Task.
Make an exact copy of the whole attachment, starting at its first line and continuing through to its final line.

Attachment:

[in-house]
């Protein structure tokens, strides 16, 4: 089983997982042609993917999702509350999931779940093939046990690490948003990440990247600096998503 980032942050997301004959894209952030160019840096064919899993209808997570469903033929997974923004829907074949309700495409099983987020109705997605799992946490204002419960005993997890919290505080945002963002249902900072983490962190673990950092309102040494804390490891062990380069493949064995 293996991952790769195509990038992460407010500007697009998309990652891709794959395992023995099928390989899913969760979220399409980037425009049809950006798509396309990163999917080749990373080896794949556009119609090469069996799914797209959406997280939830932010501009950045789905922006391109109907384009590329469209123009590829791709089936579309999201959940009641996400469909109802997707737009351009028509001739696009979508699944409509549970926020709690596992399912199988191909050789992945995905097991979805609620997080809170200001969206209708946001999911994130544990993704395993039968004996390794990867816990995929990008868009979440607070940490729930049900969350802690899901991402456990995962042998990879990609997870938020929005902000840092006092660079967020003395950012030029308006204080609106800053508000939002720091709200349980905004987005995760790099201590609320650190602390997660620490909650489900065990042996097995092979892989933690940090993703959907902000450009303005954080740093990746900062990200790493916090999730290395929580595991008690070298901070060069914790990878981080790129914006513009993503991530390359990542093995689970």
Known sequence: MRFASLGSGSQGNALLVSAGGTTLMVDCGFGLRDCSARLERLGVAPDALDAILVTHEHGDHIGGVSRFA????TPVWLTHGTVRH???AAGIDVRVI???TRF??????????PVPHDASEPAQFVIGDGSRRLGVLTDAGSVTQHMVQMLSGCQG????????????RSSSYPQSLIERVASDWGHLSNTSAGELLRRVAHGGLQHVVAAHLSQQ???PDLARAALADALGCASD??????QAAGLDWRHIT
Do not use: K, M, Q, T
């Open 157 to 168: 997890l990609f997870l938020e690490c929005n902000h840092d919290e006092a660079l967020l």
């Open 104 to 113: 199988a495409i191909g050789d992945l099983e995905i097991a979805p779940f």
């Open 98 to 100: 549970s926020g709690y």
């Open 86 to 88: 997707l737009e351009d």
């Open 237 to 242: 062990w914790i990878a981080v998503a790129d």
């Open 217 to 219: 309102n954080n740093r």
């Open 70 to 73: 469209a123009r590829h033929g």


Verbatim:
[in-house]
């Protein structure tokens, strides 16, 4: 089983997982042609993917999702509350999931779940093939046990690490948003990440990247600096998503 980032942050997301004959894209952030160019840096064919899993209808997570469903033929997974923004829907074949309700495409099983987020109705997605799992946490204002419960005993997890919290505080945002963002249902900072983490962190673990950092309102040494804390490891062990380069493949064995 293996991952790769195509990038992460407010500007697009998309990652891709794959395992023995099928390989899913969760979220399409980037425009049809950006798509396309990163999917080749990373080896794949556009119609090469069996799914797209959406997280939830932010501009950045789905922006391109109907384009590329469209123009590829791709089936579309999201959940009641996400469909109802997707737009351009028509001739696009979508699944409509549970926020709690596992399912199988191909050789992945995905097991979805609620997080809170200001969206209708946001999911994130544990993704395993039968004996390794990867816990995929990008868009979440607070940490729930049900969350802690899901991402456990995962042998990879990609997870938020929005902000840092006092660079967020003395950012030029308006204080609106800053508000939002720091709200349980905004987005995760790099201590609320650190602390997660620490909650489900065990042996097995092979892989933690940090993703959907902000450009303005954080740093990746900062990200790493916090999730290395929580595991008690070298901070060069914790990878981080790129914006513009993503991530390359990542093995689970």
Known sequence: MRFASLGSGSQGNALLVSAGGTTLMVDCGFGLRDCSARLERLGVAPDALDAILVTHEHGDHIGGVSRFA????TPVWLTHGTVRH???AAGIDVRVI???TRF??????????PVPHDASEPAQFVIGDGSRRLGVLTDAGSVTQHMVQMLSGCQG????????????RSSSYPQSLIERVASDWGHLSNTSAGELLRRVAHGGLQHVVAAHLSQQ???PDLARAALADALGCASD??????QAAGLDWRHIT
Do not use: K, M, Q, T
């Open 157 to 168: 997890l990609f997870l938020e690490c929005n902000h840092d919290e006092a660079l967020l």
């Open 104 to 113: 199988a495409i191909g050789d992945l099983e995905i097991a979805p779940f």
């Open 98 to 100: 549970s926020g709690y």
């Open 86 to 88: 997707l737009e351009d």
């Open 237 to 242: 062990w914790i990878a981080v998503a790129d």
């Open 217 to 219: 309102n954080n740093r």
């Open 70 to 73: 469209a123009r590829h033929g």